As of 1 July 2022, Australia offers new opportunities to highly skilled migrants. For a change, in the aftermath of the pandemic, there are now positive consequences too for temporary (work) visa holders.
Visa rules revised following COVID
In Australia, the financial year starts July 1st. With the onset of a new financial year, Australia’s migration and visa programs are also reviewed. The new changes in visa policy are mainly motivated by Australian labour shortages. Labour force shortages are being felt across the wider spectre of the Australian economy, but people with a higher level of education are in particular demand. It looks like temporary work visa holders in the end are rewarded for their patience. Indeed, during the COVID pandemic, many migrants working in Australia did so lacking social protections on their temporary visas. The Australian Department of Home Affairs are now officially giving recognition to these migrants for their efforts.
Changes to long-stay visa policy
The visa policy changes are good news for existing holders of the Temporary skill shortage (TSS) subclass 482 visa. During a two-year period, they can apply for a new transitional visa, the Temporary Residence Transition (TRT) visa. The TRT visa is a new, much more accessible route to a permanent residence permit for Australia and even offers its holders the possibility of eventual naturalisation to become an Australian citizen. This is possible as long as they are designated by their employer and had already been in Australia for at least one year over the 1 February 2020 - 14 December 2021 period. This also applies to visa holders in subclass 457 working in a profession included on the Australian Short-term Skilled Occupation List (STSOL).
In addition, for visa holders in subclass 457 the age restriction for over-45s will be removed for now. For this group, the age restriction in practice often meant secured permanent residence in Australia remained unattainable even after years of working.
Perspective for the highly skilled who remained
The changes in Australia’s visa policy approach have freed up more than 30,000 slots for highly skilled workers who want to stay in Australia. The Australian Labor Party is therefore taking an active stance to enable new ways for migrant workers to obtain permanent residency. This is not merely a response to a tight labour market, but also a way to combat migrant workers’ social insecurity. For as long as the demand for temporary workers continues to grow, migrants will remain dependent on temporary contracts for temporary residence status, as well as for often limited access to social services. This is in part because the large visa application backlog caused by the effects of COVID-19 has not yet been resolved by the Australian immigration service. Resolving this backlog is therefore a priority.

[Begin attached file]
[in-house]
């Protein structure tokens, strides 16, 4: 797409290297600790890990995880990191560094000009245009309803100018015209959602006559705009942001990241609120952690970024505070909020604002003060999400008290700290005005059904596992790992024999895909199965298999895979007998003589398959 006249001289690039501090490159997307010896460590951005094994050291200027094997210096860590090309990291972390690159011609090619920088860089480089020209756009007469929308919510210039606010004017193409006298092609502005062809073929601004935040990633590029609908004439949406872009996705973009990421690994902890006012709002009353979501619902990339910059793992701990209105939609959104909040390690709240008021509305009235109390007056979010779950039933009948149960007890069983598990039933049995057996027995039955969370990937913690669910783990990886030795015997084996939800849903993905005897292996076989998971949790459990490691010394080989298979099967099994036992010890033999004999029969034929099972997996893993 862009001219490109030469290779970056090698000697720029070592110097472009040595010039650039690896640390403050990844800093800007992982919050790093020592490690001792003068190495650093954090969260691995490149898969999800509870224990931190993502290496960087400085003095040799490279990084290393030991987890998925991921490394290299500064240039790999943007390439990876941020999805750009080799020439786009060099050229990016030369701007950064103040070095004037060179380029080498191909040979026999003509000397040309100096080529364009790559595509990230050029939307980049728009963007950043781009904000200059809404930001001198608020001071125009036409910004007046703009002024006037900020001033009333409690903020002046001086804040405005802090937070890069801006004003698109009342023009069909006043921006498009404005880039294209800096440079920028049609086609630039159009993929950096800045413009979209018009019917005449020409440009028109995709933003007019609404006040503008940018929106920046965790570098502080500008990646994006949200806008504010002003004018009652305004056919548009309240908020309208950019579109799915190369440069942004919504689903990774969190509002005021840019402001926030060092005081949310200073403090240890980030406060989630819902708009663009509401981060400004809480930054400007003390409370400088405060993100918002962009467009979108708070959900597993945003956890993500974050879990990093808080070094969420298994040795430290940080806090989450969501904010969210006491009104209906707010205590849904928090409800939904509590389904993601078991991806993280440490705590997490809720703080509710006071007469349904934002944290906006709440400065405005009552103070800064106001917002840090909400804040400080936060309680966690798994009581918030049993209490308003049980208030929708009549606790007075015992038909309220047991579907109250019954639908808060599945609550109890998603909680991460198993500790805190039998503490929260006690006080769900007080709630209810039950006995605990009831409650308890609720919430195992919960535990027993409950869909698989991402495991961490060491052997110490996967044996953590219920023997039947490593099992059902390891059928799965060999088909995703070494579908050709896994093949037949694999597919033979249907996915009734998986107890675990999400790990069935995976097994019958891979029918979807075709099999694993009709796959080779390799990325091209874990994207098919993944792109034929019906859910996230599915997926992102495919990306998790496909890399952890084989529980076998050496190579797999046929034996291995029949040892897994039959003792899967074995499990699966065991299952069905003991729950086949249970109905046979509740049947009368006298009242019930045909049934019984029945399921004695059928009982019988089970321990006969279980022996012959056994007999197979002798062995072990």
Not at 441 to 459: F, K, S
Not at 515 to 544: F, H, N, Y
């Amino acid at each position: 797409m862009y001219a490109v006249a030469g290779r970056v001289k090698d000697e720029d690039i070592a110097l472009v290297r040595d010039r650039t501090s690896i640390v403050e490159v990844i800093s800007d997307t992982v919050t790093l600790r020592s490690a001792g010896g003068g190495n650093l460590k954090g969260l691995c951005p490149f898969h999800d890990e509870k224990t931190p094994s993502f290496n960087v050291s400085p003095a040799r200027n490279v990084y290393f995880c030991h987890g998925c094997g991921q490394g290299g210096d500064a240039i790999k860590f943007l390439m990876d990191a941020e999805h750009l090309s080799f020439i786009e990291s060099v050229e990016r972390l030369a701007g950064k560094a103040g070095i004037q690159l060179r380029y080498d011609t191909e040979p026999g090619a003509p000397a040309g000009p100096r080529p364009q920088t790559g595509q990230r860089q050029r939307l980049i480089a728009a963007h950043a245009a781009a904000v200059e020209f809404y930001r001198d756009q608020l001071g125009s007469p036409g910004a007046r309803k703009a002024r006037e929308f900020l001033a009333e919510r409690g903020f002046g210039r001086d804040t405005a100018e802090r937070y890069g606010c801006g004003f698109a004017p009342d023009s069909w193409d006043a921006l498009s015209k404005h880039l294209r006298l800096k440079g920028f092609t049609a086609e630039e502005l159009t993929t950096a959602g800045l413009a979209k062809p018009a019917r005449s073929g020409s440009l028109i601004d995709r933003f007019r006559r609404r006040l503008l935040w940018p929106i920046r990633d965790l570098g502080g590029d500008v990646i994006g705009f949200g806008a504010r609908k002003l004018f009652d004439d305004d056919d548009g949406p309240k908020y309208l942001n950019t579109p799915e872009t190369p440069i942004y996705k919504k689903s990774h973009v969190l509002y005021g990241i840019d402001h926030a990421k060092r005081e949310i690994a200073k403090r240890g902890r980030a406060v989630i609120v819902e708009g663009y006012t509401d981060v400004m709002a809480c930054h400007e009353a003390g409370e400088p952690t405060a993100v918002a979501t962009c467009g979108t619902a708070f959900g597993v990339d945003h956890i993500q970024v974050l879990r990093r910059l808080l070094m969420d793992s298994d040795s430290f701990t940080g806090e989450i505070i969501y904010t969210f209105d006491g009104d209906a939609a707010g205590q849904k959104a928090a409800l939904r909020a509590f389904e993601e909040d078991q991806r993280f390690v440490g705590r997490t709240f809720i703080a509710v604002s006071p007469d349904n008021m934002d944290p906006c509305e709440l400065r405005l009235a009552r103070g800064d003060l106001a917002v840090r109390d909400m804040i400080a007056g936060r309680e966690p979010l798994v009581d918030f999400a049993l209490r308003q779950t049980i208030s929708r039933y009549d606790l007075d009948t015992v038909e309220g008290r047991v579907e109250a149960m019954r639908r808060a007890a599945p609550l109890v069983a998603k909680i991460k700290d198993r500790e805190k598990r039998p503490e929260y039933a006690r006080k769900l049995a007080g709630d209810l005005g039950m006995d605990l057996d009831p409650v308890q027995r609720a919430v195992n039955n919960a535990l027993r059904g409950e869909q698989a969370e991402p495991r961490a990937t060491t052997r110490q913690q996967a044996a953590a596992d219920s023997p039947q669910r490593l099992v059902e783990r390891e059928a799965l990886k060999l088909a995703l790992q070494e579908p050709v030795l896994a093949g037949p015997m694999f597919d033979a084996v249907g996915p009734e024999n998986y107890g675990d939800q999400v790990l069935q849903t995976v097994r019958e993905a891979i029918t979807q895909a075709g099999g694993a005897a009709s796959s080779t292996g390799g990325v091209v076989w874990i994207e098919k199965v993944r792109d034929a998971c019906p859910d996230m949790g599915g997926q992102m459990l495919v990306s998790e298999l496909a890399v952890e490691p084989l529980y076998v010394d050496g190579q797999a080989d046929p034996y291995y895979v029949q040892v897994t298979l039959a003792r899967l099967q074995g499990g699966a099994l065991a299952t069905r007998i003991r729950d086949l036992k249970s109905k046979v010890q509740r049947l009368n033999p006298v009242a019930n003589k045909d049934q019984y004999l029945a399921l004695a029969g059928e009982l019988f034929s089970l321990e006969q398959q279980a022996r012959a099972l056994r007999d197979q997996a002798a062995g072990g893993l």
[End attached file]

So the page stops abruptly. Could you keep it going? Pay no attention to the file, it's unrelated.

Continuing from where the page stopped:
Working Holiday visa
Visiting Australia on a Working Holiday visa was out of the question for a protracted period of time. Australia kept its borders closed for a long time during the corona pandemic, whereas many of the country’s industries normally depend on, among others, Working Holiday visa holders. In the meantime, however, Brazil and Mongolia have actually been granted access to the program, the age limit for working holiday-makers is being raised to 36 years for some countries, and more slots are opened for the quite similar Work and Holiday visa program.
UK and Irish nationals can also use the Working Holiday visa program to visit Australia for a substantial period of time. UK citizens can do so from age 18 to 31 and Irish citizens in fact between their 18th and 36th birthdays. In theory, this visa can be applied for a maximum of three times. The first of these visas is, as the name suggests, mainly intended for a (long) holiday during which work is also possible. A second Working Holiday visa can be applied for, but only after a minimum of 3 months of work in certain designated industries. Usually in exercising tough professions.
Several 3-month stays: the eVisitor visa
For trips of up to 3 months, it is better to apply for the cheaper eVisitor visa when holidaying, whilst doing (some) voluntary work, and for (most) short training courses. This visa also allows you to work in Australia for a non-Australian employer. Working for an Australian employer and supplying products or services is not allowed, but business trips to sell any such products are. With an eVisitor visa, you can travel to Australia without any restrictions over a one-year time span, as long as your stay does not exceed three months.